So great have been the government’s failures over Covid that it would be easy to forget to give credit where it is due. The fact that Britain was the first country to begin a public vaccination programme — and this week became the first to have two vaccines in use — did not come about by chance. It happened because the government had the foresight to pre-order large quantities of promising vaccines and because Britain’s medicines regulator, the MHRA, worked fast and effectively to assess the data from the trials of those vaccines. The vaccines from Pfizer and AstraZeneca underline the lifesaving role played by an often-maligned pharmaceutical industry.
But Britain’s head start will count for little if the momentum cannot be sustained. Israel is showing the world what is possible: a country barely bigger than Wales has so far administered vaccines to a greater proportion of its population than the UK. The US is also catching up. A speedy vaccine rollout has become all the more essential thanks to the apparent greater transmissibility of the new strains of Sars-CoV-2. It’s easy to envisage circumstances where the epidemic spreads so rapidly that even the UK’s current ambitious rollout plan will not be enough.
Two million doses a week can be made in the factories. Ministers say they have the apparatus to vaccinate at this rate and faster. Holdups come in other areas. Each fresh batch of the Oxford vaccine needs to stay in storage for 20 days, then be tested by the regulator. So 15 million doses of the Astra-Zeneca vaccine have been manufactured and four million of them put into vials, but only 530,000 doses were available for distribution at the beginning of this week. Speeding up this process will not be an easy task.
Covid has tested the functioning of government and its agencies like never before in modern times. It is not a case of one political philosophy triumphing over another. There have been cases of bungling and inflexible bureaucrats, illustrated by the demand (now retracted) that retired doctors and nurses volunteering with the vaccination programme prove their competence in ‘preventing radicalisation’.
Yet Covid has exposed weaknesses in public–private partnerships too. Handsome sums have been paid to consultants to develop a test-and-trace system whose contribution to controlling the epidemic has been marginal at best. Covid has shown that ‘calling in the private sector’ is no guarantee of success. The rush to procure PPE by enlisting new private contractors allowed a scandalous waste of public money. Our unpreparedness for this pandemic is an indictment of the extensive contingency plans that went before — and the hubris that led to British officials genuinely believing we were better placed than almost any other country for a pandemic.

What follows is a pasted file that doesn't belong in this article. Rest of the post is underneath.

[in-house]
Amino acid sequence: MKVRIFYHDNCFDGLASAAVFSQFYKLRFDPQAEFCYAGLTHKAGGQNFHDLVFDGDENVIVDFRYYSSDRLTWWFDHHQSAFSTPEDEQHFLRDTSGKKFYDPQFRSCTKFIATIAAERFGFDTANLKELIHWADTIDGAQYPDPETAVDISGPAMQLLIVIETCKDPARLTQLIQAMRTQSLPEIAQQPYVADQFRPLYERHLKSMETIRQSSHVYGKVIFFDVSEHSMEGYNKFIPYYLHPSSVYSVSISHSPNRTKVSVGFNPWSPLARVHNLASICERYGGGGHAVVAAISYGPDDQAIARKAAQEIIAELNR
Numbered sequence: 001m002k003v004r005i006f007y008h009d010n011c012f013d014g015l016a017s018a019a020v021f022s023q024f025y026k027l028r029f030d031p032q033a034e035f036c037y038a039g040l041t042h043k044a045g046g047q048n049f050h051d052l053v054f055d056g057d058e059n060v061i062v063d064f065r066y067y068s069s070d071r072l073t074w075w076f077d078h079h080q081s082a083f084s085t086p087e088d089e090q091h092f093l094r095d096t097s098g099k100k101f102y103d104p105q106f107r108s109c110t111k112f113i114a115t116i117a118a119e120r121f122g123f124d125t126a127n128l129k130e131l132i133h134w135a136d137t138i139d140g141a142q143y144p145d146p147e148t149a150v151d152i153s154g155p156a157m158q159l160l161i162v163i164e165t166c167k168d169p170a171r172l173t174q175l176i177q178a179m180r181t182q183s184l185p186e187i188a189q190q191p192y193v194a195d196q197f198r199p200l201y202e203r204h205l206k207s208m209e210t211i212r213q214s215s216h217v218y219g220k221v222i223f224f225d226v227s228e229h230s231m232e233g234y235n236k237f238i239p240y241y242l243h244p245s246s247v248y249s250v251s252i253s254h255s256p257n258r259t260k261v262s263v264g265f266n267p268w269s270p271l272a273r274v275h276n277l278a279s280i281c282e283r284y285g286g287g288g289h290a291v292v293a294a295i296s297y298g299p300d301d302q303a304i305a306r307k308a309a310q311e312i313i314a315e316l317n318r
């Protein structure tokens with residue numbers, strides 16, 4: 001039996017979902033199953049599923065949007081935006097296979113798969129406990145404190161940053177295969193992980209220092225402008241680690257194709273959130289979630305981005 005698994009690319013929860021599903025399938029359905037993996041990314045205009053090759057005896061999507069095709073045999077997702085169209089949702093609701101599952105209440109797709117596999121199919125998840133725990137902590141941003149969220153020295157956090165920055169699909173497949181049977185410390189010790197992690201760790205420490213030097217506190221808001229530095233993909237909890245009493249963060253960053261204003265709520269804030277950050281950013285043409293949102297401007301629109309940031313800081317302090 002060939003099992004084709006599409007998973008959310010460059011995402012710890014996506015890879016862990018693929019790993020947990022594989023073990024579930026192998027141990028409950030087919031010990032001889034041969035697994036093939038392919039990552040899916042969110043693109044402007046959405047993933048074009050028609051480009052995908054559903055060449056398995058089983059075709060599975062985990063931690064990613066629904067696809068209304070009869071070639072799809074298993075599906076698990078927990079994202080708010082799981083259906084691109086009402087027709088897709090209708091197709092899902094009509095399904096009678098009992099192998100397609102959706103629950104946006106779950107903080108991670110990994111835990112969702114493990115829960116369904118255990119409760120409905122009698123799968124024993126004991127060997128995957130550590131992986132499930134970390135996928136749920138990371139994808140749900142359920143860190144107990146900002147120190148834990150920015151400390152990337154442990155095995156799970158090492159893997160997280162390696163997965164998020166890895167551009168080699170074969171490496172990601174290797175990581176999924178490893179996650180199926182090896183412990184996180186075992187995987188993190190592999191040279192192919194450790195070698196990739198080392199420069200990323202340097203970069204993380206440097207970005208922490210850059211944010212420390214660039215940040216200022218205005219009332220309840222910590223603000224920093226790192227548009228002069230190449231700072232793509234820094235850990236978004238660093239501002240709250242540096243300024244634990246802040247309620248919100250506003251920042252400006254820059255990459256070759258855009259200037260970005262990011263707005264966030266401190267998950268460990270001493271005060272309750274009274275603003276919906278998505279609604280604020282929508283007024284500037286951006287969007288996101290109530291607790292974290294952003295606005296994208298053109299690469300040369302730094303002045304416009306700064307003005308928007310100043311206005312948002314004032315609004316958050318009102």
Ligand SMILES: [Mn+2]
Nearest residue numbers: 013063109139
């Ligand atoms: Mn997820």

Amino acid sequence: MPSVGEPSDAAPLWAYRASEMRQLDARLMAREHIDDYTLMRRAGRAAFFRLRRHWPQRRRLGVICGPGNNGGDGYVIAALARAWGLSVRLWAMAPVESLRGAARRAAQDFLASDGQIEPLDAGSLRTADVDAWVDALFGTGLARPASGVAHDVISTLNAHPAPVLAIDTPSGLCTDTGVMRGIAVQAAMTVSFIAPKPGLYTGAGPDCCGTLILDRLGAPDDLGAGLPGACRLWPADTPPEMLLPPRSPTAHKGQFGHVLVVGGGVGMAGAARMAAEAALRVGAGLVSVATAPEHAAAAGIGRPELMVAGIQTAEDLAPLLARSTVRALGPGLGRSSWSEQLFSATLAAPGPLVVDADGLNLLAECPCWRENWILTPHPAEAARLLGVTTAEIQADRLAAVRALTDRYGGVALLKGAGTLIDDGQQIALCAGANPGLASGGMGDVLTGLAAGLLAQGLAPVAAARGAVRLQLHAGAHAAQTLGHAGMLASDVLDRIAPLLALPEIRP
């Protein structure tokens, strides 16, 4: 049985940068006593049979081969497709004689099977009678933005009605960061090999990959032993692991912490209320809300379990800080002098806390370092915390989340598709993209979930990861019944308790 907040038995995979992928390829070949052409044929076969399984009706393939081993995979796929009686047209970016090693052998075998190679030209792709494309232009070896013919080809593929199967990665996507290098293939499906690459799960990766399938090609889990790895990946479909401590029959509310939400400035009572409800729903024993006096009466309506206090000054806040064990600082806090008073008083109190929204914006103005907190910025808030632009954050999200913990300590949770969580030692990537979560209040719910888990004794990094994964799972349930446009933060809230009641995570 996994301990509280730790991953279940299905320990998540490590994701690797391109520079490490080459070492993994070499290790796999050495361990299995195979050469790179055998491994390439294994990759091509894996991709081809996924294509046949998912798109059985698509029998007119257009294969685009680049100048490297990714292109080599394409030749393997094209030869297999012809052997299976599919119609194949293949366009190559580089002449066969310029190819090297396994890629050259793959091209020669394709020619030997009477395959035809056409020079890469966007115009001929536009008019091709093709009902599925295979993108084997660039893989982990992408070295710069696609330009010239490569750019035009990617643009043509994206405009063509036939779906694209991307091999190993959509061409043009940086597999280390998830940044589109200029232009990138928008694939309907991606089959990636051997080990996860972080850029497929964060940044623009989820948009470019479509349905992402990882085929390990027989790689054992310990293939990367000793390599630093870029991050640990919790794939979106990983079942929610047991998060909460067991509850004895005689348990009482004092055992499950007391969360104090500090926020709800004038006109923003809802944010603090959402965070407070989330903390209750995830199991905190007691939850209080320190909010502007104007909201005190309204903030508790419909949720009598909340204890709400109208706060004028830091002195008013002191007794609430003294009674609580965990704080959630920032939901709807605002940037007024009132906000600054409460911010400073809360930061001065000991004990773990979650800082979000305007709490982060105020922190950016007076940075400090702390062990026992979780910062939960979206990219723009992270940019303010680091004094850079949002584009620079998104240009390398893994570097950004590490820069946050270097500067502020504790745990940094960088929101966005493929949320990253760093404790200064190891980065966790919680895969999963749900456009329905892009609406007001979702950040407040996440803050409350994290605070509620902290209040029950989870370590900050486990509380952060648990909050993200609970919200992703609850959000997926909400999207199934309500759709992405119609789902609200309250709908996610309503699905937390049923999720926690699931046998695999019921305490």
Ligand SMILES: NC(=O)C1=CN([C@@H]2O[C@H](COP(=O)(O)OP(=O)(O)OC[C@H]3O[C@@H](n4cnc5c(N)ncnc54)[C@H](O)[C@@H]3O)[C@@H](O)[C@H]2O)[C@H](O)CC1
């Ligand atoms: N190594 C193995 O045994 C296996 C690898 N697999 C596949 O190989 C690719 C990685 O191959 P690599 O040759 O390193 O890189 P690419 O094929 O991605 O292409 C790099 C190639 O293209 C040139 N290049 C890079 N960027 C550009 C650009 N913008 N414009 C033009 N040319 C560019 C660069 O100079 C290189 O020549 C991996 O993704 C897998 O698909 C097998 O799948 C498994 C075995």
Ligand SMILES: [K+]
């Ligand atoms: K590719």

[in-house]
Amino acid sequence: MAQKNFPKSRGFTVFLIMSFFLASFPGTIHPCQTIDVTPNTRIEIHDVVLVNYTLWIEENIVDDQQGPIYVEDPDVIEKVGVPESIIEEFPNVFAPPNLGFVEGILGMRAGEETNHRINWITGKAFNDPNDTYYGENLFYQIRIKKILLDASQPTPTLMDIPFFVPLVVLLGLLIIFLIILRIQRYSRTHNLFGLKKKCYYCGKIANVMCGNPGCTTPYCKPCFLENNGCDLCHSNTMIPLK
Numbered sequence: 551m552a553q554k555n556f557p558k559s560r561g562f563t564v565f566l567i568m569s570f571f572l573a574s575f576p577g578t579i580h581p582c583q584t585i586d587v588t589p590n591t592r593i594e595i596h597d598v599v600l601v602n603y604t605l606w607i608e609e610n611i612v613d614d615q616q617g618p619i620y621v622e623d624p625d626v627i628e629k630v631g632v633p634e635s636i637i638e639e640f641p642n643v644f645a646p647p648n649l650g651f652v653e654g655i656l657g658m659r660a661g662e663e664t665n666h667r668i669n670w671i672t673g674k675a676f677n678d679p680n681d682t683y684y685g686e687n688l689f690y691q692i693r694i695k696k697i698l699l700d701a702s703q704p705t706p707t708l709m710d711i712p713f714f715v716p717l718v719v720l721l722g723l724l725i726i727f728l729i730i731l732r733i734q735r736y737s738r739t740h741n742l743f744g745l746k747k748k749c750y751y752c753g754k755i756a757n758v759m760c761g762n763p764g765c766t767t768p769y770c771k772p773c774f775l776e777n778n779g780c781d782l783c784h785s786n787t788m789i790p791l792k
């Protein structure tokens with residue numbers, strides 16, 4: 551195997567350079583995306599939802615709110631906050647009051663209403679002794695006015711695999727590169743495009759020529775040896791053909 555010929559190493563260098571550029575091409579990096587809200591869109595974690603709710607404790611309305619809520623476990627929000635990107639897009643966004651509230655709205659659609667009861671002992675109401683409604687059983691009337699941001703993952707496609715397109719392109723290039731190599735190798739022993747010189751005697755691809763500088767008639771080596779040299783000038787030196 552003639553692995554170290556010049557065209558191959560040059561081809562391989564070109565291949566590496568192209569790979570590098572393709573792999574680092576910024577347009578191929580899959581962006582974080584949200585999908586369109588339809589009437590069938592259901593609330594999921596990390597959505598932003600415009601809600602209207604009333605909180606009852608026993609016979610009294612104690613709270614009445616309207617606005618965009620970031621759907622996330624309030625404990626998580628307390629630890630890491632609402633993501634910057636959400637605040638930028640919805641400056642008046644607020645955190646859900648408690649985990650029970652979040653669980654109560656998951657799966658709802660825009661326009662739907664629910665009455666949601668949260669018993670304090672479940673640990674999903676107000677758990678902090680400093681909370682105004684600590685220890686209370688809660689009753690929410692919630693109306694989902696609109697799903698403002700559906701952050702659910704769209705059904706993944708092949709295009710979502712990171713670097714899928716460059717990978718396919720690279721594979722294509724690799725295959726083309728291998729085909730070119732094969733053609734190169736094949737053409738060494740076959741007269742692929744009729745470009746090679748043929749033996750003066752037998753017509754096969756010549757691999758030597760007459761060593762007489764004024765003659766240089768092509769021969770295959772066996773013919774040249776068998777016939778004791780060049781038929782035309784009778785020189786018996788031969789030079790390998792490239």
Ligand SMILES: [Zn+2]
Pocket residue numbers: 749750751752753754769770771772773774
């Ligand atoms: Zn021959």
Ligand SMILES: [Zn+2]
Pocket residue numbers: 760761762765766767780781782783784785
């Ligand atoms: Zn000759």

How to handle a future pandemic will rightly be the subject of great debate in years to come. Firm conclusions may be elusive: we have had a worldwide experiment with lockdowns and school closures, to mixed results. And then there is the role of public opinion. The Prime Minister has privately remarked that he has been astonished to find how easy it was to take away liberty — and how hard it is to give it back.
We may or may not settle on using lockdowns to tackle future pandemics. What we do know, however, is that Britain’s disaster planning is inadequate. There must be a greater emphasis on preparing for ‘black swan’ events. And — importantly — a recognition that the major tools deployed will be ones that are not imaginable until the event actually arises. This time last year, who would have imagined lockdown being deployed in a democracy? Or that vaccines, which normally take ten years to develop, could be invented and rolled out in ten months?
The best insurance against disaster is to have an agile government that is able to respond quickly: to innovate quickly, to experiment, to be prepared to fail. All this is expensive and Britain has just borrowed more money, relative to the size of our economy, than almost any other country on earth. This is not a trick we can repeat. Matt Hancock, the Health Secretary, tells us on p14 that the strategy was to place big bets on many horses. One of them — the Oxford vaccine — has come off. But the cumulative cost of the other bets has pushed national debt to over 100 per cent of GDP. This will narrow the ability of future governments to act.
Because ministers long for the pandemic to end, there’s a danger of overlooking new challenges. What if millions of ‘at-risk’ people do not show up for vaccination? What if the vaccines are less effective against new variants of the virus, the South African variant for instance? And what if a new variant turns out to be more deadly, as well as more contagious? Optimism — and exhaustion — should not prevent contingency planning.
If we are in the final few months of the pandemic, it will be tempting for the Prime Minister to give us deadlines: he speaks of Easter Sunday as the day for national resurrection. It might turn out that he is right. But over–promising and under-delivering — on everything from avoiding lockdown to schools reopening — has been a constant feature of his response to the pandemic. When this country begins a proper recovery there will be a place for optimism — but misplaced optimism damages public trust.
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